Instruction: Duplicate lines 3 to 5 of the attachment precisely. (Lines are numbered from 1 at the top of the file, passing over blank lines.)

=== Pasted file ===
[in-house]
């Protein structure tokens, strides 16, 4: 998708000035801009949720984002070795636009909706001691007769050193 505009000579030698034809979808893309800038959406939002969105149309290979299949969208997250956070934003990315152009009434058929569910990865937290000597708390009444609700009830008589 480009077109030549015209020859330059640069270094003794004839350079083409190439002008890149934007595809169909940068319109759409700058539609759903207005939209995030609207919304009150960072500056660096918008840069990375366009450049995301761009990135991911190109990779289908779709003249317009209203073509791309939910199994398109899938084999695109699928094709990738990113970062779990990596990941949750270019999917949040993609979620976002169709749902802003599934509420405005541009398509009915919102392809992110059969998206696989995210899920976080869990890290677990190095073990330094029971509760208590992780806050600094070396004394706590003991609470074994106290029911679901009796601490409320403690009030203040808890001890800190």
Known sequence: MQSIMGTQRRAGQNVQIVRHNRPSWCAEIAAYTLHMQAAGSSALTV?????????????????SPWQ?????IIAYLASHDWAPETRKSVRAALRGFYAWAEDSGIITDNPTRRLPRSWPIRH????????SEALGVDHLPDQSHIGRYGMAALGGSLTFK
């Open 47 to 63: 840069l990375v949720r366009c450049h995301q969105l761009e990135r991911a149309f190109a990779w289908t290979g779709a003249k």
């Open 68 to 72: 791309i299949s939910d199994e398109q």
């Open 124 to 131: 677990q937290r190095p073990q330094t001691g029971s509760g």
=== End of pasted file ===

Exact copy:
Known sequence: MQSIMGTQRRAGQNVQIVRHNRPSWCAEIAAYTLHMQAAGSSALTV?????????????????SPWQ?????IIAYLASHDWAPETRKSVRAALRGFYAWAEDSGIITDNPTRRLPRSWPIRH????????SEALGVDHLPDQSHIGRYGMAALGGSLTFK
């Open 47 to 63: 840069l990375v949720r366009c450049h995301q969105l761009e990135r991911a149309f190109a990779w289908t290979g779709a003249k």
């Open 68 to 72: 791309i299949s939910d199994e398109q």